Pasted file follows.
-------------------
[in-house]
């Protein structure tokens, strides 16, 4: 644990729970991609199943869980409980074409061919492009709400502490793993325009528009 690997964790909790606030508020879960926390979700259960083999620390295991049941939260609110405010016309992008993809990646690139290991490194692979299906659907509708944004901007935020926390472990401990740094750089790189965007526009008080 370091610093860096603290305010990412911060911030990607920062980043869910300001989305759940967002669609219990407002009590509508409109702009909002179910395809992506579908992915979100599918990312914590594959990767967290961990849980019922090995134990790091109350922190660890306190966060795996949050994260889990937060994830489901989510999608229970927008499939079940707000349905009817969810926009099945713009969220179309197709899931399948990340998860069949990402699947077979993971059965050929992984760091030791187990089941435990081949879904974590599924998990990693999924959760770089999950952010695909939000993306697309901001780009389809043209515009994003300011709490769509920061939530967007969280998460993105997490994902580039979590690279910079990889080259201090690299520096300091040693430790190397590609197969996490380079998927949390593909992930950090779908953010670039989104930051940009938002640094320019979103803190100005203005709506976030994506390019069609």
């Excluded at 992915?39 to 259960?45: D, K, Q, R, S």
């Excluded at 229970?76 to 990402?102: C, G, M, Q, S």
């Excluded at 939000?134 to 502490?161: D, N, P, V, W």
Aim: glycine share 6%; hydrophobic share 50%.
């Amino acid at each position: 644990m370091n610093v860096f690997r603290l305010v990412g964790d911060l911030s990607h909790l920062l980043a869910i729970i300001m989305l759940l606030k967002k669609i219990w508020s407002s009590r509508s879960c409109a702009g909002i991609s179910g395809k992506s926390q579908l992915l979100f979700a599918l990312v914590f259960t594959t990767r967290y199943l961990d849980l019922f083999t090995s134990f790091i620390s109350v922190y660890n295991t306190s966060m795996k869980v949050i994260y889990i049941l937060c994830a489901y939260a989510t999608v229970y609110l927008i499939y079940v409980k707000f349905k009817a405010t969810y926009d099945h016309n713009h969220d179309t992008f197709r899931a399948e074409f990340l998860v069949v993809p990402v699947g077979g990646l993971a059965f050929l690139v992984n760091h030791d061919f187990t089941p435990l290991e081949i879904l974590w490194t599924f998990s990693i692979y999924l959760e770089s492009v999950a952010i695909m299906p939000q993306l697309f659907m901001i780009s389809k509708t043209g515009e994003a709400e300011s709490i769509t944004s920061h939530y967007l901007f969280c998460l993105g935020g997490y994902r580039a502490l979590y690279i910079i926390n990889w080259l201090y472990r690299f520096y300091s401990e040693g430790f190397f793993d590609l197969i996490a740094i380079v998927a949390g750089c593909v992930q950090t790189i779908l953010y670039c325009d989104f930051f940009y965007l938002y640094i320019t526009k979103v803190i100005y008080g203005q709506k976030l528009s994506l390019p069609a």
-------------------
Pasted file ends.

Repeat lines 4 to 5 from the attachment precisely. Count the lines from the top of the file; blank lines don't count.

């Excluded at 229970?76 to 990402?102: C, G, M, Q, S």
């Excluded at 939000?134 to 502490?161: D, N, P, V, W």